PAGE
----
Student orientation draws a crowd of 6,800: excitement, nervousness, and high expectations during campus visit

Incoming freshmen and their families mingled and explored at the 2010 Orientation.
Orientation volunteers were on hand with answers and smiles.
And, of course, Sammy Slug also helped welcome new students. (Photos by Carolyn Lagattuta)

Question one: Do the dorms have vacuum cleaners? Answer: Yes.

Question two: Is it possible to ride a bike up that huge, steep hill to campus? Answer: Yes, but if you're tired, stow your bike on a bus rack and ride to the top.

Question three: Where can we go to see some cute raccoons on campus? Answer: They usually come out at night, but don't feed them or get too close.

Student tour guides answered question after question during Student Orientation, as excited and sometimes anxious parents and students fanned out across the campus.

The wide range of interests was not surprising, considering the big turnout. All told, 6,800 students and family members attended the event, said Rosa Plaza, director of student orientation. "We get asked everything," she said.

Many guests were from northern California, but parents and students showed up from throughout the state and across the nation. Over 60 current UCSC students were on hand to interact with the frosh and their parents.

Everyone was determined to make the most of this opportunity to see the campus, register for classes and get a feel for UCSC's dorms and libraries in one intensive session. During one campus tour, a mom listened with such rapt attention that she did not notice a small spider walking up her bare shoulder.

One parent wanted to know if there was a "massive shift in roommates" at any point in the year. Orientation leader Lun Wang, 21, a 2010 UCSC grad and a former College Eight residential advisor, said that some roommate disagreements can take place after the Thanksgiving Break, but they are usually quite minor.

"It generally works out," Wang said. "The disagreement is usually something small. 'My roommate ate my popcorn and didn't ask.'"

Wang, who wore a big yellow pullover with the word ORIENTATION printed on it, assured that the food gets high marks from students, and besides, "they don't have to cook or do the dirty dishes."

In response, a mother yelled, "I want to go back to college."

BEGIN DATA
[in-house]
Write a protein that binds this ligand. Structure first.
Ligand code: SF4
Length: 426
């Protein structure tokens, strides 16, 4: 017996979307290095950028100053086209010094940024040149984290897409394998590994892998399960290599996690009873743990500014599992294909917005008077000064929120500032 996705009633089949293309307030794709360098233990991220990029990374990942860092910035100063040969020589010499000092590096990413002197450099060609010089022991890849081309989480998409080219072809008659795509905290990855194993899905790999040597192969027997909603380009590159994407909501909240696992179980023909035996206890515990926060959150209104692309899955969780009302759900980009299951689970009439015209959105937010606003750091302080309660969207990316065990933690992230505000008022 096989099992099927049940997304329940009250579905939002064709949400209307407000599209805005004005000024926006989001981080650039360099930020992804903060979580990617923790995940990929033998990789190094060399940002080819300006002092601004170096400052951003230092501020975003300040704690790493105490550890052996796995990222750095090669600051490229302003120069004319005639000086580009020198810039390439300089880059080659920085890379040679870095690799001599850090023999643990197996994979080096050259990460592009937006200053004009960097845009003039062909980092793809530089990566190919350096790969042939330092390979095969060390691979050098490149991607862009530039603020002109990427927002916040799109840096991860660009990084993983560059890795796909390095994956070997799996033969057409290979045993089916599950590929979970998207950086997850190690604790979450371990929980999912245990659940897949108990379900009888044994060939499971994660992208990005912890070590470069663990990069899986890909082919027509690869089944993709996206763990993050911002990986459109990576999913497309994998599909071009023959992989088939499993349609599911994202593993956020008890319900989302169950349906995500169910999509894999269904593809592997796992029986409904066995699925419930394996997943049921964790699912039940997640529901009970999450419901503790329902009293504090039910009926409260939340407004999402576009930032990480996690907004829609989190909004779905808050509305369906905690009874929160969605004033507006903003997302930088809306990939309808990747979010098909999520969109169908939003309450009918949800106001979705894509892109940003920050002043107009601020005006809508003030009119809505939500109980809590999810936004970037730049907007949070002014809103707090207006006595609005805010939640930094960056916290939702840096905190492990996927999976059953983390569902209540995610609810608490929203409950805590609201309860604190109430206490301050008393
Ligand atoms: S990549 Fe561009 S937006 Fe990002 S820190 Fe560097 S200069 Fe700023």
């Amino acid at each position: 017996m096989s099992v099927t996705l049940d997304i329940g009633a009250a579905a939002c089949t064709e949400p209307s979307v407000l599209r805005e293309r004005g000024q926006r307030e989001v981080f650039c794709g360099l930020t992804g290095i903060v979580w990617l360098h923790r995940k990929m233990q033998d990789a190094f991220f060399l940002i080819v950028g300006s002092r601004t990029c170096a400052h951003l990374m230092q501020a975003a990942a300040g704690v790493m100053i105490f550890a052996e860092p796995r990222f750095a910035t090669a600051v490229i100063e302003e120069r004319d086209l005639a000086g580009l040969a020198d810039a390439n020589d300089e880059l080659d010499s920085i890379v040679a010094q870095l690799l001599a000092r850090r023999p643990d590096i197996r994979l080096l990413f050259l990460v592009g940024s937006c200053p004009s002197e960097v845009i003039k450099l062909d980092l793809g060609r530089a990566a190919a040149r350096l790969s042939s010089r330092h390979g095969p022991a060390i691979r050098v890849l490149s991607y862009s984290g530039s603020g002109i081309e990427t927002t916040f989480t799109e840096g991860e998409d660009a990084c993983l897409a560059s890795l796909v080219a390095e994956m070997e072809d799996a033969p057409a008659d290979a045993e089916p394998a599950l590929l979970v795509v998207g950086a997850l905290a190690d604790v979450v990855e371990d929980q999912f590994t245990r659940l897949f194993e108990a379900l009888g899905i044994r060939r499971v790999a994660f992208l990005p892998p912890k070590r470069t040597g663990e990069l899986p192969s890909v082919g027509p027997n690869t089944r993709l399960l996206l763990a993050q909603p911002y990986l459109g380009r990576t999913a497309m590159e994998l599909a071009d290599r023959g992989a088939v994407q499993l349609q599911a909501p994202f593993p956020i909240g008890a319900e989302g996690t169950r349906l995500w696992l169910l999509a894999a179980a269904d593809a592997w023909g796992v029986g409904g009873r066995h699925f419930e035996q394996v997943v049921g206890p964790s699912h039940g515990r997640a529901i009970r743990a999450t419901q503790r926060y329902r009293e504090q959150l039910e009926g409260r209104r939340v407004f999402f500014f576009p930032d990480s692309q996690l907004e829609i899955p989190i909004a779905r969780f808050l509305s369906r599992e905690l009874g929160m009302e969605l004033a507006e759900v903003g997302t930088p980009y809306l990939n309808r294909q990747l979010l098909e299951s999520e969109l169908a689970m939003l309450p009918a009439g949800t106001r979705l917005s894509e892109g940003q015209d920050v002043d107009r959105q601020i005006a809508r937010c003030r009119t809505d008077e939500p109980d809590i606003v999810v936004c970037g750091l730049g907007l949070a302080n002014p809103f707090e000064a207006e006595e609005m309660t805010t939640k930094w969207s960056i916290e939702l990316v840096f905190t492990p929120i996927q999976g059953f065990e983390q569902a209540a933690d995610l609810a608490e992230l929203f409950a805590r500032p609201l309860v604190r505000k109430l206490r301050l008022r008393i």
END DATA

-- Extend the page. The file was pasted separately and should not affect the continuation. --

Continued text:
Student Orientation also drew a large crowd of transfer students, including Alisa Pierini, 21, an incoming junior who switched to UCSC after starting out at Sierra College in Rocklin, California. She'd considered UC Berkeley, UC Davis and UC Santa Barbara but chose UCSC instead.

"The academics are certainly attractive here,'' she said, "but community is also important to me. The small college community is ideal for me."

The program was informal but packed with activities. Students learned about requirements for majors, took a picture for their student IDs, attended academic advising sessions, enrolled in classes, and even caught a glimpse of the rooms in their colleges. Some took math placement exams. Parents--some of them just as nervous and excited as their children--enrolled in a class that explained how to "provide support from a distance."

Janet Kassouf-Quan, treasurer of the UCSC Parent Council, worked one of the booths, greeting anxious parents. Kassouf-Quan answered questions while drawing from a well of experience. She's the mother of a current UCSC junior. Some parents of incoming frosh are already worried about empty-nester syndrome, she said.

"It's hard," she said. "I'm a helicopter mom. But I ask them to get involved. Don't worry if your kid's busy for the first six weeks of school. It doesn't mean they've forgotten about you. Keep in touch with your children with e-mails and phone calls."

Anticipating that long separation, many parents have given their children some words of advice before setting them loose. Sandy Neel of Grass Valley told her 17-year-old daughter, Dana, "to be aware, get involved, don't hide in your dorm. Get involved in your campus."

Sandy Neel values the idea of her children experiencing adventure away from home. "I never moved away from home for college," she explained. "I did community college while I was working, so I had a different kind of experience."

The move far from home will be an adjustment for Dana. "I'll have academic counseling but it's not like high school, where the counselors basically do everything for you," she said.

Jinesh Jain, who works in information technology in Southern California, had similar words of advice for his son, Tanay Jain, 18. "I told him, 'you're on your own, and this is the foundation of your career. You need to be proactive here. Professors are not going to tell you that you're missing a class. If you are in catch up mode in college, you'll be in catch up mode all your life."

"In today's global economy, it's not just how high you score on tests, or your grades," Jain continued. "It's how you are as a leader, your analytical, interpersonal and business skills. Outside the U.S., everyone is working very hard. We don't want to chase them. We want to be the leaders."

Tanay acknowledged "the pressure to do really well, to exceed expectations," but he was excited about the beautiful campus and the people he'd met. As for Student Orientation, "it's very enlightening. It shows you how all the pieces fit together."